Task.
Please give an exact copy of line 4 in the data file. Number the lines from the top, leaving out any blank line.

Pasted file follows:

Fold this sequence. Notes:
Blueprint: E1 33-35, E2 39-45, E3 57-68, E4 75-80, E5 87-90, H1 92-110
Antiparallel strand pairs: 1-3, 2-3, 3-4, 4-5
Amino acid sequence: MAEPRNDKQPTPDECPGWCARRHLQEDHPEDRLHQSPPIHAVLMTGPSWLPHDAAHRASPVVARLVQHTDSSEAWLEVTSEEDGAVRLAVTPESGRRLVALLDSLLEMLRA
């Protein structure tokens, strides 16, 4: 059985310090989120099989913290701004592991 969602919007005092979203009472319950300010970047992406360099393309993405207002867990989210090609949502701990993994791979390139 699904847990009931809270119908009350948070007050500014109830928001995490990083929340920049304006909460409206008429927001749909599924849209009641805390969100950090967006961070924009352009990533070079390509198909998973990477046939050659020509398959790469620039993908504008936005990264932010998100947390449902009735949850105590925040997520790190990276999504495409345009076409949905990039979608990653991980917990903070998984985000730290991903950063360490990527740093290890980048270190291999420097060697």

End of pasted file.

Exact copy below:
Amino acid sequence: MAEPRNDKQPTPDECPGWCARRHLQEDHPEDRLHQSPPIHAVLMTGPSWLPHDAAHRASPVVARLVQHTDSSEAWLEVTSEEDGAVRLAVTPESGRRLVALLDSLLEMLRA